chevalierChevalier (Tsangari, 2016): Set almost exclusively onboard a luxury yacht, Athina Rachel Tsangari’s droll dramedy examines masculinity and the competitive male nature in a brilliantly acerbic fashion, and it benefits a lot from one of the year’s most well-observed screenplays. The yacht in question is owned by a Greek doctor, and joining him on a fishing/diving/bonding trip are several friends, colleagues and acquaintances, plus a few crew members; they are all men, and all are eventually shown to be – in one way or another – absolutely ridiculous. One night a rather silly argument causes the group to hold a competition to find out who among them is the best at ‘being a man’. This involves lots of mini tasks and games – during which they all publically judge and privately grade one another – ranging from ‘who has the lowest cholesterol level’ to ‘who sleeps the most comfortably’ and ‘who can build an IKEA bookcase the fastest’. The eventual winner, to be announced at the end of their trip, will be crowned ‘the best in general’ and will get to wear a chevalier ring until they all reconvene for another short break (the ultimate worthlessness of both the title and the trinket serving to highlight just how pathetic the actions of this group are). As the inner competitiveness of the men increases, certain dynamics and alliances form between them (or rather they become more apparent), while other pre-existing relationships change, and individuals are singled out for subtle undermining or outright humiliation, with the greatest male pride weak spot – virility – discussed on more than one occasion. Other private conversations between the men are always loaded, the competition at hand completely dominating the trip and all its interactions. The thought of losing becomes all too much for one or two, and not necessarily the people who are shown to be mentally or physically weaker by Tsangari during the film’s early scenes. Naturally it eventually boils down to one alpha versus another, but my word getting to that point is an entertaining 90 minutes, with the writer-director milking the ridiculousness of the situation for all it’s worth and having plenty of fun at the expense of men more generally: below deck even the boat’s captain and cook, who aren’t even taking part in the competition, bicker constantly. The script is terrific, the cast is excellent and I urge you to check this one out: it’s one of the highlights of 2016. (****)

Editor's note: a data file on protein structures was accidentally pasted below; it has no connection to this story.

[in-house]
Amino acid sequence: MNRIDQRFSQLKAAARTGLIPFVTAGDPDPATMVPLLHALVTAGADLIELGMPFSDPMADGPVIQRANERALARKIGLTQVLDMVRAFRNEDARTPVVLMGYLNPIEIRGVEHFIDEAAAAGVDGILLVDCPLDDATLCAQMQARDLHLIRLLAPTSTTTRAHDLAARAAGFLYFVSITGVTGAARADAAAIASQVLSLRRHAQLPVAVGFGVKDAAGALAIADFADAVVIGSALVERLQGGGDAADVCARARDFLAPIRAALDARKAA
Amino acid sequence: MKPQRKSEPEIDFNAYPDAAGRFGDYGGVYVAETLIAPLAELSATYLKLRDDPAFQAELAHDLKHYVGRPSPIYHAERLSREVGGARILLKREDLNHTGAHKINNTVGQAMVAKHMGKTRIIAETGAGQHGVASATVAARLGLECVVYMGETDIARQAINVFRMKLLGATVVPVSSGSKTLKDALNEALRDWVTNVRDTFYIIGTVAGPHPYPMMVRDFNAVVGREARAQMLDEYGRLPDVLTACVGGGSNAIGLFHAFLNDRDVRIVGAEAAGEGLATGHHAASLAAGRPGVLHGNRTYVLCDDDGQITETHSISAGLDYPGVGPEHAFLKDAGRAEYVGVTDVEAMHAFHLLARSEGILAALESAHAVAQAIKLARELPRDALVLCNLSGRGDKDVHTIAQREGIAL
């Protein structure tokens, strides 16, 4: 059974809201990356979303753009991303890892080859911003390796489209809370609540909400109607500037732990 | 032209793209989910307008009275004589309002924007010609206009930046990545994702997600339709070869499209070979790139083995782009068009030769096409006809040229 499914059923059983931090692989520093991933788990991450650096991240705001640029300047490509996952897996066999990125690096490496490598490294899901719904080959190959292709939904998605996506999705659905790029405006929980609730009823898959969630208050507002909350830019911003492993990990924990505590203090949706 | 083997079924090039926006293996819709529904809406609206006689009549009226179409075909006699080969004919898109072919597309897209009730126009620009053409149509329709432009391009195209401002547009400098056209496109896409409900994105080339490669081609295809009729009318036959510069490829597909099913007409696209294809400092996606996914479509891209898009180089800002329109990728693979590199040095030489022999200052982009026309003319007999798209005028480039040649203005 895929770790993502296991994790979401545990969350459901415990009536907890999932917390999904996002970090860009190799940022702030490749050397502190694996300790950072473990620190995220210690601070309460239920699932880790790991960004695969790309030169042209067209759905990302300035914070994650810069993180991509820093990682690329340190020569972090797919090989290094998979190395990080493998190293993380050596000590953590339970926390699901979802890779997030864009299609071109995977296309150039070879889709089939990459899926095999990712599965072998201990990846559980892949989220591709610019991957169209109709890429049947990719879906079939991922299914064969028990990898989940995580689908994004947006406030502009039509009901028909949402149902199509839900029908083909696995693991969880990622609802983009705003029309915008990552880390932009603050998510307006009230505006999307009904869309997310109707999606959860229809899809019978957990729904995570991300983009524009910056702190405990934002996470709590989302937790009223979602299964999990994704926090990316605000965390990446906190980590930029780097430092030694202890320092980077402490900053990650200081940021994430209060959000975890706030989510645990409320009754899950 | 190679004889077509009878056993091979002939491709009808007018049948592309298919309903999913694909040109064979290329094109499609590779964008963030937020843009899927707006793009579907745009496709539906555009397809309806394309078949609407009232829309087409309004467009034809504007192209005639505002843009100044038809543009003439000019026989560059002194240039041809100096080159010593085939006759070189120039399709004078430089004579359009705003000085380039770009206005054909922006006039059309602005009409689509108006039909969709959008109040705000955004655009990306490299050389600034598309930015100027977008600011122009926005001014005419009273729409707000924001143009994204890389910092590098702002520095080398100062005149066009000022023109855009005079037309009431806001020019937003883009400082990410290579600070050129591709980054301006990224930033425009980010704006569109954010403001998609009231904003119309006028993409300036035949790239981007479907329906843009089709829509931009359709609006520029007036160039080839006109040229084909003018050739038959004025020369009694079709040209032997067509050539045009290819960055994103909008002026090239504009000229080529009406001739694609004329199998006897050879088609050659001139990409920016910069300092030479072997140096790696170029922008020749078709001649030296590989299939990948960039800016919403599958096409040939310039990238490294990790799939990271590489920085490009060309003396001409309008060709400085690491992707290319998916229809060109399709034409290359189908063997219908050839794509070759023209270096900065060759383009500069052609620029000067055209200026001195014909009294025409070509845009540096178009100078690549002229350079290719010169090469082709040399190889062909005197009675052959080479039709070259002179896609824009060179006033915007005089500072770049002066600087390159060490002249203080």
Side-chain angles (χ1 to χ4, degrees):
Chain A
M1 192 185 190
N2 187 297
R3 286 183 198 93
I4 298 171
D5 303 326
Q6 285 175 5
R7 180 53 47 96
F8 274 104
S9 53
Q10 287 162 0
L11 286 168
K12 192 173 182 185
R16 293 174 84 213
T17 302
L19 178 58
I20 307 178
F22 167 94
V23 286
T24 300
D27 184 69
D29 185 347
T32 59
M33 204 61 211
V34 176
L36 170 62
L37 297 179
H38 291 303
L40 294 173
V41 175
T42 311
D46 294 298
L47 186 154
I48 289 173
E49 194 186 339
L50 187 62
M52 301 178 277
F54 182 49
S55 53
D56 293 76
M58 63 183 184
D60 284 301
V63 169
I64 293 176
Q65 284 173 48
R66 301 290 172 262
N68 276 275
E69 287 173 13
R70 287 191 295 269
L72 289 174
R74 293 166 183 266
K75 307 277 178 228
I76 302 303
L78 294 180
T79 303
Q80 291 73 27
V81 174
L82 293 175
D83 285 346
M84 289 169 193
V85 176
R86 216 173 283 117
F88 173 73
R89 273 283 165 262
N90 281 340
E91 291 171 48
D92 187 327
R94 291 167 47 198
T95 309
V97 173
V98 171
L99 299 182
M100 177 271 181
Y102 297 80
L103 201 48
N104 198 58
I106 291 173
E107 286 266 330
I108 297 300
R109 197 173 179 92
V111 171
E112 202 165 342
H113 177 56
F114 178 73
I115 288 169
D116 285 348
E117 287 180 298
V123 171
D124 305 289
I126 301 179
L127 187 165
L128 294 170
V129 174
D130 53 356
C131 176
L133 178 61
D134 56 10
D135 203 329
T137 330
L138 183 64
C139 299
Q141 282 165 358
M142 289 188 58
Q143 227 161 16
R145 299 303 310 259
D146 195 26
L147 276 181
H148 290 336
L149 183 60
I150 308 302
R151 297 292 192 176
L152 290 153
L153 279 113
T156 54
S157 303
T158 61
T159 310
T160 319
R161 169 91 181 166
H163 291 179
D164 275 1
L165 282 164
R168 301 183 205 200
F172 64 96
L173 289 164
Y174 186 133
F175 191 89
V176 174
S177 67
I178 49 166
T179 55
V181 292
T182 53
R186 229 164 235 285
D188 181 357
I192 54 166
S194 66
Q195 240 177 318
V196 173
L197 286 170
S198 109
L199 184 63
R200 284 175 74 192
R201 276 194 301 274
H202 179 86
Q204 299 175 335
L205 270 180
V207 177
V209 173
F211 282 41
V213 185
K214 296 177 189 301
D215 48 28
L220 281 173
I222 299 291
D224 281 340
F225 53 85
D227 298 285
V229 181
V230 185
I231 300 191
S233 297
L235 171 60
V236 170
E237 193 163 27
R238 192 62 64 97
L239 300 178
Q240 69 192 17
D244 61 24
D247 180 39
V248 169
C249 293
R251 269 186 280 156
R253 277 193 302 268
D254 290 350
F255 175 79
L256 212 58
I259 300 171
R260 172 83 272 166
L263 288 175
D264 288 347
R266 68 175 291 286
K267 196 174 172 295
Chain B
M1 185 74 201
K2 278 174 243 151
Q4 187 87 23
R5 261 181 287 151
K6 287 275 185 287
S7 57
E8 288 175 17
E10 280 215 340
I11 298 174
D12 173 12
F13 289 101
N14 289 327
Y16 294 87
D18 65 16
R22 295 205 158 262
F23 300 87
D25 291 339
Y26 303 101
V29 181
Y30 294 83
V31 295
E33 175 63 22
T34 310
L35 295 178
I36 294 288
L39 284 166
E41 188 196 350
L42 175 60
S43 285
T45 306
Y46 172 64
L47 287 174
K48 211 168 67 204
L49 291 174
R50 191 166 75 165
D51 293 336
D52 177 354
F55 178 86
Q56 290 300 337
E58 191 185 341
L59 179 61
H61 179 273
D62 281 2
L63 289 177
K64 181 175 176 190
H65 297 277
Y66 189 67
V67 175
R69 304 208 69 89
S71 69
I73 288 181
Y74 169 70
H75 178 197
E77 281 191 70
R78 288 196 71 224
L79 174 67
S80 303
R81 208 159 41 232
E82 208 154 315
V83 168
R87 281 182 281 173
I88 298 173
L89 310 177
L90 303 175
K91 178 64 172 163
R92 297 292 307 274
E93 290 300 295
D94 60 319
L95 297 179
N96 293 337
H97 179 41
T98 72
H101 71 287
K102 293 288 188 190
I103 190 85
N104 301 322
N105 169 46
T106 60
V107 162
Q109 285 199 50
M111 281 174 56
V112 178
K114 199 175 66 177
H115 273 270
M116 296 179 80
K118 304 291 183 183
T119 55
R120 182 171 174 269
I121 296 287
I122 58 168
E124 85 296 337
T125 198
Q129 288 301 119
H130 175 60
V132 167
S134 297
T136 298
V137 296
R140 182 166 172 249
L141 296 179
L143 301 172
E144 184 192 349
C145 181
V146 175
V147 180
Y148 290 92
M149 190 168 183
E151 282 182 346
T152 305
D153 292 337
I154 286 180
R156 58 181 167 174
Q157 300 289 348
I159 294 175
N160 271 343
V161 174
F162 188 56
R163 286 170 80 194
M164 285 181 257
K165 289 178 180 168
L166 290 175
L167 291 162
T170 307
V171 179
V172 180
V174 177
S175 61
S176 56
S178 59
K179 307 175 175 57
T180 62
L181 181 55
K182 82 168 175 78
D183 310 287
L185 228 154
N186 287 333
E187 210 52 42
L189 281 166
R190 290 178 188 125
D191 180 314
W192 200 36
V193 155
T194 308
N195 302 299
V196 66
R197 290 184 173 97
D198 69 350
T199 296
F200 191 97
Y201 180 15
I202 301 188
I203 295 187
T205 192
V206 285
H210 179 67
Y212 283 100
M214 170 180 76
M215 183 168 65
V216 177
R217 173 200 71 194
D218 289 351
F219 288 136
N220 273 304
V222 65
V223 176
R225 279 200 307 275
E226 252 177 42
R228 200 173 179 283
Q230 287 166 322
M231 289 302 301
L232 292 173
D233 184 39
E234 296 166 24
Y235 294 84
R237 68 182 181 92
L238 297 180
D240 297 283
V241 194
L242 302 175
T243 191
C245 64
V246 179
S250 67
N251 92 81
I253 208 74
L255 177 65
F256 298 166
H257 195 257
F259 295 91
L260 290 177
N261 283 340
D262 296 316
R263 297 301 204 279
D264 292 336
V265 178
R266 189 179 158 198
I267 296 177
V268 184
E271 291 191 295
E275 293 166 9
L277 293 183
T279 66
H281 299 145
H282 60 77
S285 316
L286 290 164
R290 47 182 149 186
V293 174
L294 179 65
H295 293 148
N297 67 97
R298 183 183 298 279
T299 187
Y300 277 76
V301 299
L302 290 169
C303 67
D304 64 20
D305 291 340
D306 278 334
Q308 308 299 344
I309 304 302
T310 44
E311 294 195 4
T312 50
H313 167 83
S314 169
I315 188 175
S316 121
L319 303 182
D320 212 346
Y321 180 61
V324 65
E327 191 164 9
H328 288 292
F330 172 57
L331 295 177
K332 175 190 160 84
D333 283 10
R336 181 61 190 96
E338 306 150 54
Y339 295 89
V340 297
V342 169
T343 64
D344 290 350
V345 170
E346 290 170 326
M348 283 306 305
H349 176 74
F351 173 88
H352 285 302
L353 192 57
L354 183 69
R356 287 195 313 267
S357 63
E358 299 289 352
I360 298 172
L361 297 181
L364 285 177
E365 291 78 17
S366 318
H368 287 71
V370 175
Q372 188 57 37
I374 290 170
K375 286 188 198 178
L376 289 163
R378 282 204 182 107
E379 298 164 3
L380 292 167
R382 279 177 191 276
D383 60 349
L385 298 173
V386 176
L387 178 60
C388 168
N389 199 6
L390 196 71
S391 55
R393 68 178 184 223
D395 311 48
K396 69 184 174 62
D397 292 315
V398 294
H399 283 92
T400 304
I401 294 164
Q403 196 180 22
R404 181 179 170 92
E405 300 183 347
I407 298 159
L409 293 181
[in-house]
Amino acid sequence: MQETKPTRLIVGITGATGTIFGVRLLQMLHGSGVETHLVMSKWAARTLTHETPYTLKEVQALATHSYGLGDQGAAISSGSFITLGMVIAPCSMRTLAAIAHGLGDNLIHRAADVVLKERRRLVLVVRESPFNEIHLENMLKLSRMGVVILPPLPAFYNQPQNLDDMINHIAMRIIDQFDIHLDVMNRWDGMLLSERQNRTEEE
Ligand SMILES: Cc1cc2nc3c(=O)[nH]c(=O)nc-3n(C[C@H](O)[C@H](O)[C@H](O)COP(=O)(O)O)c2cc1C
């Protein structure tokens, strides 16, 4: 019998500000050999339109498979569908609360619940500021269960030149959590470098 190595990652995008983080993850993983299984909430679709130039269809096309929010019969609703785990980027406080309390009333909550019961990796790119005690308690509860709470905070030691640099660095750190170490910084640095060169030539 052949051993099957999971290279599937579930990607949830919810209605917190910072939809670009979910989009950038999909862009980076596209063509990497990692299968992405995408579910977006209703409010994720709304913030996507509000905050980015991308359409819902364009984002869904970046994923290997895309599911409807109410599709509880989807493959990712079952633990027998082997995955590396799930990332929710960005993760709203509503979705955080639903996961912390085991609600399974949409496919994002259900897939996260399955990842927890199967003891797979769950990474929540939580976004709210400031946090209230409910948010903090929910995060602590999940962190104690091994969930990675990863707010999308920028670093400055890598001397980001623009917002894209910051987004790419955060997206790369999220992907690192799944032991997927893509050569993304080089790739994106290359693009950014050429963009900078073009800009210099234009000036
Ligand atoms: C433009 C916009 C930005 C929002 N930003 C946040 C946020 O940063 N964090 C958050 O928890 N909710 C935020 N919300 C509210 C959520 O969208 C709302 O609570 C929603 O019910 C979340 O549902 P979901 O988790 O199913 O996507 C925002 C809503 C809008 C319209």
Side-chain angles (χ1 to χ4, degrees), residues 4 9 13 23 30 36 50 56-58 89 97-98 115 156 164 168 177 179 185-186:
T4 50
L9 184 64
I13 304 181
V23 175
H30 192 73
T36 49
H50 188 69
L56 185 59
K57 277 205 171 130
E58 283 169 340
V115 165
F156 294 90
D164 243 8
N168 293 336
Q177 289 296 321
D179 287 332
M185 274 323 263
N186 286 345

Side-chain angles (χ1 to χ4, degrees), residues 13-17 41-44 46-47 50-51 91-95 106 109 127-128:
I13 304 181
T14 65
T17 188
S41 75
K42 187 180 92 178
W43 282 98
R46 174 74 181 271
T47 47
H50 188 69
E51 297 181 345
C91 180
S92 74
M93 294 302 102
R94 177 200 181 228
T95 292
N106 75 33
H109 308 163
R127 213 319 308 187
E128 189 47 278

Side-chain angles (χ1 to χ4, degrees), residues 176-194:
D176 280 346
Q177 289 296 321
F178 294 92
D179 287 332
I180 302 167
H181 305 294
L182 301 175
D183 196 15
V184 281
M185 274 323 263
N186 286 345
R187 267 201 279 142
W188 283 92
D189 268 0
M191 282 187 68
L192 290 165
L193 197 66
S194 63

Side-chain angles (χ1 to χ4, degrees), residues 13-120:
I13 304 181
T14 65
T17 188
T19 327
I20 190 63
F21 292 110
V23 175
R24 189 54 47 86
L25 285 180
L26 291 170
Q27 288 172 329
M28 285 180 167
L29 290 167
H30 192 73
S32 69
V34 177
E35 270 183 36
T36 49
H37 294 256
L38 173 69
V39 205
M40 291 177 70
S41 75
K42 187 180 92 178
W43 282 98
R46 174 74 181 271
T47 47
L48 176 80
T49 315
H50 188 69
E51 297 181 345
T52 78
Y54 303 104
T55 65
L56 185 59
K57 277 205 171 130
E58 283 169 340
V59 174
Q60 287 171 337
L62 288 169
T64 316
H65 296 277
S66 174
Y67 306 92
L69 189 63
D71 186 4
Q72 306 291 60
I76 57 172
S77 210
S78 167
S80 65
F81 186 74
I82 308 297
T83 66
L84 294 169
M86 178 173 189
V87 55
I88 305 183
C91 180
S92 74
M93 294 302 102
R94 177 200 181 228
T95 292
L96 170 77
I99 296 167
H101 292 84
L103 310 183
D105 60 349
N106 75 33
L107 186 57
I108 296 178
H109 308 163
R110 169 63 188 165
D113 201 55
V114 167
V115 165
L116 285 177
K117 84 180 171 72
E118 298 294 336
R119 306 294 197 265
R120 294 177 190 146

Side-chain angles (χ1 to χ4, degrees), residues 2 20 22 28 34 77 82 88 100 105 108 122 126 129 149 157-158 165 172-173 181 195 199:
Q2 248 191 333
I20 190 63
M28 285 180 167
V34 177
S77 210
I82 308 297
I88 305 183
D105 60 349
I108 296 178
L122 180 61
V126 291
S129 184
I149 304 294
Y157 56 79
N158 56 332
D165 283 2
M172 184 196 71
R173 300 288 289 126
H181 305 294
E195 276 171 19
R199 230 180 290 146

Sully (Eastwood, 2016): For years now I’ve found Clint’s films to be hit and miss; for every Letters From Iwo Jima or Mystic River there’s a maddeningly-slow, ponderous dud, which is frustrating, though I also have a suspicion my appreciation for one or two of these will grow as I myself get older, assuming that my tastes continue to change in later life as they have done during the past 20 or 30 years. Sully – which deals with the so-called 2009 ‘Miracle on the Hudson’ plane landing and the subsequent investigation into the decisions made by pilot Chesley ‘Sully’ Sullenberger (played here by Tom Hanks) is a remarkably brisk and enjoyable old school drama, and it’s as confidently-made as you’d expect an Eastwood/Hanks joint to be in 2016: one has made a number of films about reluctant heros who are thrust into the spotlight, while the other has played the American everyman who steps up to the plate at a time of crisis so often he makes it look utterly effortless. The actual landing on the river – which, as we know, all passengers and crew survived – is shown a couple of times (with the director subtly shifting the perspective), and it’s a testament to Eastwood’s skill that it makes for gripping, big-screen drama each time, despite the fact the outcome is well known (and I think plenty of kudos is due to editor Blu Murray for helping to make these sequences so thrilling). This being Clint, he (rightly) celebrates the quick response by those working in the emergency services and others in New York that day, and then maddeningly sets up the government’s NTSB investigation panel as villains, which hasn’t gone down too well with anyone concerned with factual accuracy (or indeed the real-life investigators themselves). Overall, though, it’s a very solid piece and – as with last year’s Bridge Of Spies – sometimes you just have to sit back and enjoy a couple of old hands drawing on every bit of their experience and making it all look so damn easy. (****)